Water Management in India (Laws and reforms): AllYou Need to Know!

This article on “LAW RELATING TO WATER MANAGEMENT IN INDIA” is written by Manjeet, an intern at Legal Upanishad.


Initially, since childhood, we studied water and its importance. Starting from the water circle, how does rain happen? Even the human body comprises 97% of water. When calculating the amount of water on the earth’s surface, the division will always be 97% of the water in the oceans, i.e., saltwater. The remaining 3% is available for human consumption; 1.5% is stored in glaciers. So, technically, for the consumption of human beings, there is only around 1.5% of water. The question arises, can we create water? Chemically, it is H2O, i.e., combining 2 molecules of hydrogen and 1 molecule of oxygen. Though it is a natural resource, it can’t be created artificially.

So, the fact remains true that water, which is gifted naturally, is the only source of water. Other options for acquiring water through the creation of H2O, by the process of reverse osmosis, melting glaciers, etc., are not the most practically possible solutions to the problem of water scarcity. The simplest way to rescue yourself from the problem is to use water judiciously. In the context of the United Nations Development Programme (UNDP), water is “the stuff of life and a basic human right”. Article 21 of the constitution interprets the right to have clean water as a fundamental right.

The present article shares an overview of the existing framework and proposed reforms relating to the management of water and water laws in India.


In all industries where waste materials are water-soluble, water is used to dilute hazardous materials and dispose of the waste. Whenever a particular solute mixes with water, its harmfulness leaches into the water. This is where the concept of water pollution comes from. Water is used as the universal solvent.


Shore Nuisance Bombay and Kolaba Act, 1853. The act was intended to be implemented only in Bombay and Kolaba in order to facilitate the removal of nuisances and encroachments below the high-water mark in the islands.

  • Oriental Gas Company Limited, Act of 1857. The act focuses specifically on punishing or suing this company for water pollution.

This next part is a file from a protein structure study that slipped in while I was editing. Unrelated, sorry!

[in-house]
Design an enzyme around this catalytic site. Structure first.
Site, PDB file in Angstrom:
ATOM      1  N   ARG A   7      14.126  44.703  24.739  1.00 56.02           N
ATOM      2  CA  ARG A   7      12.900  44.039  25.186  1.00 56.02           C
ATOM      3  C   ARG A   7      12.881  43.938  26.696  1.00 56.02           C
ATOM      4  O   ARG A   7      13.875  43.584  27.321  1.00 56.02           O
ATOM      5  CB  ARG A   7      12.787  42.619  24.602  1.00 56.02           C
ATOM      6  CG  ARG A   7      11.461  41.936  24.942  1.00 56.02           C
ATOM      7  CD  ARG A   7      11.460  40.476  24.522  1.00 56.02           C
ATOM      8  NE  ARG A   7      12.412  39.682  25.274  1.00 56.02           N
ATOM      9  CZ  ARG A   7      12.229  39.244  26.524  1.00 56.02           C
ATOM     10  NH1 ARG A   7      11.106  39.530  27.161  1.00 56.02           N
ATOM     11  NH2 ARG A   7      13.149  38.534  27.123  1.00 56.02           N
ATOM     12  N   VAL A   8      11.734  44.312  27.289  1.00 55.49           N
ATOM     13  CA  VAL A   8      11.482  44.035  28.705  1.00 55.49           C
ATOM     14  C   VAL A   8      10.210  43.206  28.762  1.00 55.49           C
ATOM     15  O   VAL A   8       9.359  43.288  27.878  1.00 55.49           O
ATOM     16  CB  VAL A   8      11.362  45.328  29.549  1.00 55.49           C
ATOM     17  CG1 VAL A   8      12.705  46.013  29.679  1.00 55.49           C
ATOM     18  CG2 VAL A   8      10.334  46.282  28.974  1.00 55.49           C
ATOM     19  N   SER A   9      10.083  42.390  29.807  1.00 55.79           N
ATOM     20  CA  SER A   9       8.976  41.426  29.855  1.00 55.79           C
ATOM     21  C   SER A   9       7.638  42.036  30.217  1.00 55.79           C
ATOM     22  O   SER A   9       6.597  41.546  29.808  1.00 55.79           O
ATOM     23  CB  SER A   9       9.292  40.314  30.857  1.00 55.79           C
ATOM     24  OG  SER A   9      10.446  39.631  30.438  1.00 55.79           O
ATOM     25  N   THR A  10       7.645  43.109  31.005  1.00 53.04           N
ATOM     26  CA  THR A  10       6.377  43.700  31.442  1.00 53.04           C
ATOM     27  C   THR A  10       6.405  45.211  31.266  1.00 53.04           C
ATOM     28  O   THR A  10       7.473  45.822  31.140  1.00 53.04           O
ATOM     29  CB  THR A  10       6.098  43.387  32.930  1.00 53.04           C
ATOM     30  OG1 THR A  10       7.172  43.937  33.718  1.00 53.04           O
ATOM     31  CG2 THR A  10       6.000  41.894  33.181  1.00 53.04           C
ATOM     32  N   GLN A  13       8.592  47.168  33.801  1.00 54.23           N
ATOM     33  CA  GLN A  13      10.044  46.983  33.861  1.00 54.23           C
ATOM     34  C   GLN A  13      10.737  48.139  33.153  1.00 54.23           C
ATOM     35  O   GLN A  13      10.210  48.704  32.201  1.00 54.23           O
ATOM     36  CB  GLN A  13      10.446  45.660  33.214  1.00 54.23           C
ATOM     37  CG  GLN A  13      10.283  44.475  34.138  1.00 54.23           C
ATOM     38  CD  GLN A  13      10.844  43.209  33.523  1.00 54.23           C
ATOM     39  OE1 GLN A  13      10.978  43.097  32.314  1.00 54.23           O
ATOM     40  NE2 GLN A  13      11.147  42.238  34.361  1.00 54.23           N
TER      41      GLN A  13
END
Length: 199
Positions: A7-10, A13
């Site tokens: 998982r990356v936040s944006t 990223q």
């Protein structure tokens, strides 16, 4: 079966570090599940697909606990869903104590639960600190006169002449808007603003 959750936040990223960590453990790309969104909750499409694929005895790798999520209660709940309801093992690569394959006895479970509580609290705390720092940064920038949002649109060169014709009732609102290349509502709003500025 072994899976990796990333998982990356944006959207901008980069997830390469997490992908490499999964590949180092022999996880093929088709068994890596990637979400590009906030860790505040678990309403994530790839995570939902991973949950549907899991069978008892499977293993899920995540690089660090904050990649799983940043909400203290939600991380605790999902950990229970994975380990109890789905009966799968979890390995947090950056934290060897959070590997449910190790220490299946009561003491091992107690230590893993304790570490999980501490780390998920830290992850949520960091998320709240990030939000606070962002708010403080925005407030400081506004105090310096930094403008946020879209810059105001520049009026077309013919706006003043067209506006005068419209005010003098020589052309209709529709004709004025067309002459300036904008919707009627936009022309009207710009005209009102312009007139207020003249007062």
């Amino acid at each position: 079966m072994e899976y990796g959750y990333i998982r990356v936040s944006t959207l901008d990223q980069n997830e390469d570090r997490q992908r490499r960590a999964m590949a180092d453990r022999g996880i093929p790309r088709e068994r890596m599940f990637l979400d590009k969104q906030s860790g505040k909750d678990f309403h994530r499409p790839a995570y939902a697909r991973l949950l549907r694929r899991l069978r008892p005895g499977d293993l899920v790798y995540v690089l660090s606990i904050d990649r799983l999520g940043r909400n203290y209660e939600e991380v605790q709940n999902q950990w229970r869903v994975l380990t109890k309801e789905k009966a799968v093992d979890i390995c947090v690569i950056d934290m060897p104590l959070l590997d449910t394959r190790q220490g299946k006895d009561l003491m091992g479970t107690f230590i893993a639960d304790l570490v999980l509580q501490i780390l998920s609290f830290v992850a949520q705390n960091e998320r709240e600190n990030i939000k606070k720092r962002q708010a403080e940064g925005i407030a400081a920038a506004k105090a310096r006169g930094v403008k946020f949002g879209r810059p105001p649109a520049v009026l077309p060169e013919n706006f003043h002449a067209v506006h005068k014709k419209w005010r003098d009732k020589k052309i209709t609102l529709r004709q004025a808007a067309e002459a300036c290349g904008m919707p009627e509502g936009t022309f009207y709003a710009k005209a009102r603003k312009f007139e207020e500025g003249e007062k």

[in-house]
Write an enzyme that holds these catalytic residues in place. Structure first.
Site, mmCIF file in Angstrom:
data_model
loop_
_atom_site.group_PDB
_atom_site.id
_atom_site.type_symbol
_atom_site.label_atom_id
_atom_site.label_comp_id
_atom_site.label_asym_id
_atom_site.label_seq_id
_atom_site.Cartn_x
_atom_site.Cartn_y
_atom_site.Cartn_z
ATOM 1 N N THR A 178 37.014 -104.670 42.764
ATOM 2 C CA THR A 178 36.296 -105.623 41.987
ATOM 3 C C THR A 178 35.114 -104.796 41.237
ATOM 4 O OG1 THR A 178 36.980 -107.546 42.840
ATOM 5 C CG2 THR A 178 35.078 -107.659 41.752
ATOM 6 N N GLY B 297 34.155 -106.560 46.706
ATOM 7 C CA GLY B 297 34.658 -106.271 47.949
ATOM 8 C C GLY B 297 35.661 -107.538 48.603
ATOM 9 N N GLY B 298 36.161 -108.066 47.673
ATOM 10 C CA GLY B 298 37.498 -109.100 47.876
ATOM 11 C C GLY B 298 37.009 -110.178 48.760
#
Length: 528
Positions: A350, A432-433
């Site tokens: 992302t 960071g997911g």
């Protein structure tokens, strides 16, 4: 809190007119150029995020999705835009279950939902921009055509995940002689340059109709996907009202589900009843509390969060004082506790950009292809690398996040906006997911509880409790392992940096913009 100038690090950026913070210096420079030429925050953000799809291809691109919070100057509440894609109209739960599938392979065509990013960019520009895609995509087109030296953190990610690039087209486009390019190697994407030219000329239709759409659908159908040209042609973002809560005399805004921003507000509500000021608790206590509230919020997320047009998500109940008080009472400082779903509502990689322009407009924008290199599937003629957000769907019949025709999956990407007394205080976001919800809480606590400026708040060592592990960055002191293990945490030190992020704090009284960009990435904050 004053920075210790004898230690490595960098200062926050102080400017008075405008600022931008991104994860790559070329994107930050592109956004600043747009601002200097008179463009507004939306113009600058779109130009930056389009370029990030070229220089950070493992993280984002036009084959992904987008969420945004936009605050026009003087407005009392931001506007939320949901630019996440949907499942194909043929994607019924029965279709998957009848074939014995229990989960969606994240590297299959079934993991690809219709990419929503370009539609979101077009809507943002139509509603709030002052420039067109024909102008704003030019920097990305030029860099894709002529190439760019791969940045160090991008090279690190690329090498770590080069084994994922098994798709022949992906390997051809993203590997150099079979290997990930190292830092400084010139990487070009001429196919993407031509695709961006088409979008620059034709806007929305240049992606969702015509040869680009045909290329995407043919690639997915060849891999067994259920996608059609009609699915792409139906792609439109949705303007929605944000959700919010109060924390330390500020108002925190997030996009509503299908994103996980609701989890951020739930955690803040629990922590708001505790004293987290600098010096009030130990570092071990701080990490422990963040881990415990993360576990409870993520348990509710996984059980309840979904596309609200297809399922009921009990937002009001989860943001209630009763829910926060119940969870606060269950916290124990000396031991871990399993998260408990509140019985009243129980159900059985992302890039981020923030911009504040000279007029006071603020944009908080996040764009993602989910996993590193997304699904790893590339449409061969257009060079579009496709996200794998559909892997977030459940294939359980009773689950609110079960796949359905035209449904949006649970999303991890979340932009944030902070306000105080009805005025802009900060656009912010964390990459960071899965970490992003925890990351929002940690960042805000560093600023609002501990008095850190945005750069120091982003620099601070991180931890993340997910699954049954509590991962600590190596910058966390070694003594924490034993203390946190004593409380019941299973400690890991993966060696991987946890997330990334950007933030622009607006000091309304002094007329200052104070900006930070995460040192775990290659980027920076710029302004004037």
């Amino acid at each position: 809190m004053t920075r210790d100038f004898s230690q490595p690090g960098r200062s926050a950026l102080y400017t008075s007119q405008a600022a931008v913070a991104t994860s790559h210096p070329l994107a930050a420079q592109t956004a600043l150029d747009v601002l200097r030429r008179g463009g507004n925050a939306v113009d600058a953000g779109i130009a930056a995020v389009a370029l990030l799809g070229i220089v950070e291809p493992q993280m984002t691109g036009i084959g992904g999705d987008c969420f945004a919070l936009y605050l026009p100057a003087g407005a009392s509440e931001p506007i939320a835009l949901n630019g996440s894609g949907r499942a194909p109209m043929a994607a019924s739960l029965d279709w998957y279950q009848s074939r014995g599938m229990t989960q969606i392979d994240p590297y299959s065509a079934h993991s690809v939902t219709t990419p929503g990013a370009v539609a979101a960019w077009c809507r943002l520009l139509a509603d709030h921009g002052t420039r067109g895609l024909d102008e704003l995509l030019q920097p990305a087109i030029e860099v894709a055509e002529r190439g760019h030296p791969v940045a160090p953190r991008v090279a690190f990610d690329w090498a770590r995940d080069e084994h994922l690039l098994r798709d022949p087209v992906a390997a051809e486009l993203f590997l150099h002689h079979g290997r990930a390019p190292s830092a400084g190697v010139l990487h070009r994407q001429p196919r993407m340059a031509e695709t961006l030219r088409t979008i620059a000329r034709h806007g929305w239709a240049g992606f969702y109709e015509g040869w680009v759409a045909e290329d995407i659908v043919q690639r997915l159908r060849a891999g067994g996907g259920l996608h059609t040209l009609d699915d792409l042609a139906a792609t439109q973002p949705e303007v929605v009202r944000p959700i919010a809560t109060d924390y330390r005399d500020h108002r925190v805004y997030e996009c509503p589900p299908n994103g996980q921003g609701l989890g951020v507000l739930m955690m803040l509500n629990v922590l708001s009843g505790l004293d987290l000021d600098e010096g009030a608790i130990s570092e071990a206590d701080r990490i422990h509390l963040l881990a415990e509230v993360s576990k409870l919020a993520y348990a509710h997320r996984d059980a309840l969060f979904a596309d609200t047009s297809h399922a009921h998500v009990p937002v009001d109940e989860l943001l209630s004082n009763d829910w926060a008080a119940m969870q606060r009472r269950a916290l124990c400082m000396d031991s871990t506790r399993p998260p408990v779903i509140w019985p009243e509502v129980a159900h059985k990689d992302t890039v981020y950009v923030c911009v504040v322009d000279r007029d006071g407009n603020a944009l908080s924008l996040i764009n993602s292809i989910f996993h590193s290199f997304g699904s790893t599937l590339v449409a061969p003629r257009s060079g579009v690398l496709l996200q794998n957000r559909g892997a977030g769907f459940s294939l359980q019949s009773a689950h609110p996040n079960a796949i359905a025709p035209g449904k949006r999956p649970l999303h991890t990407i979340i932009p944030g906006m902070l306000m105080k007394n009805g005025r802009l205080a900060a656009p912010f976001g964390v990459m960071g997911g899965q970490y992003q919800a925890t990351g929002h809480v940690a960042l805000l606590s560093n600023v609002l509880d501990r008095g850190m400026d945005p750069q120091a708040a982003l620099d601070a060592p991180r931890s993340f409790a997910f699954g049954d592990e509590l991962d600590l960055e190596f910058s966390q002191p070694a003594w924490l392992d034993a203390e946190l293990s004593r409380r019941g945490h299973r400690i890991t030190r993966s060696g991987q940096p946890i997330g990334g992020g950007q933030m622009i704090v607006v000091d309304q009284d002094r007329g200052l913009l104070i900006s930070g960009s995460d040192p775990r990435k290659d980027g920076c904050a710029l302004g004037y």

• The Sarais Act of 1867 According to the act, it is the responsibility of each Sarai owner to provide clean drinking water to their customers.
  • The Northern India Canal and Drainage Act, 1873. According to Section 70(3) of this act, anyone who obstructs the flow of water or a drainage system should be punished.


The necessity for prevention and conservation of the environment and the sustainable use of natural resources is highlighted in the constitutional framework of India. Fundamental duty is cast on every citizen through article 51A of the Indian constitution. Earlier, people didn’t think that their behavior patterns and customs regarding water would end up facing extremely serious consequences resulting in water pollution.

This necessitates the passing of the Water Act. Pollution of streams, rivers, and other water bodies reduces the availability of potable water. The act follows a broad control scheme, with the Central Pollution Board serving as the nodal agency for effective implementation. The act forbids the release of pollutants into bodies of water beyond a given degree and penalizes them for disobedience. Furthermore, in 1977, the Water (prevention and control of pollution) Cess Act was enacted to provide for the charging and collection of a tax on water consumed by persons operating and carrying on certain types of industrial activities. The act was amended in 2003. 


Section 277 of the IPC explains that whoever voluntarily fouls the water of any public spring or river shall be punished with three months’ imprisonment, which can extend to a fine of five hundred rupees or both. The main reason for incorporating this section into criminal law is that the caste system in India used to be set up in such a way that there were designated wells for the upper caste and separate wells for the lower castes.

If someone raises their voice in opposition to this, then in return for punishment, people from upper castes foul the whole water, resulting in no access to water for lower caste people. This was a very barbaric practice in India. This was one of the methods of exacting vengeance from neighboring villages in the event of a conflict between them.

So, to curb these practices, a strict step was taken by the makers of the law, resulting in criminalizing the act of water fouling under IPC.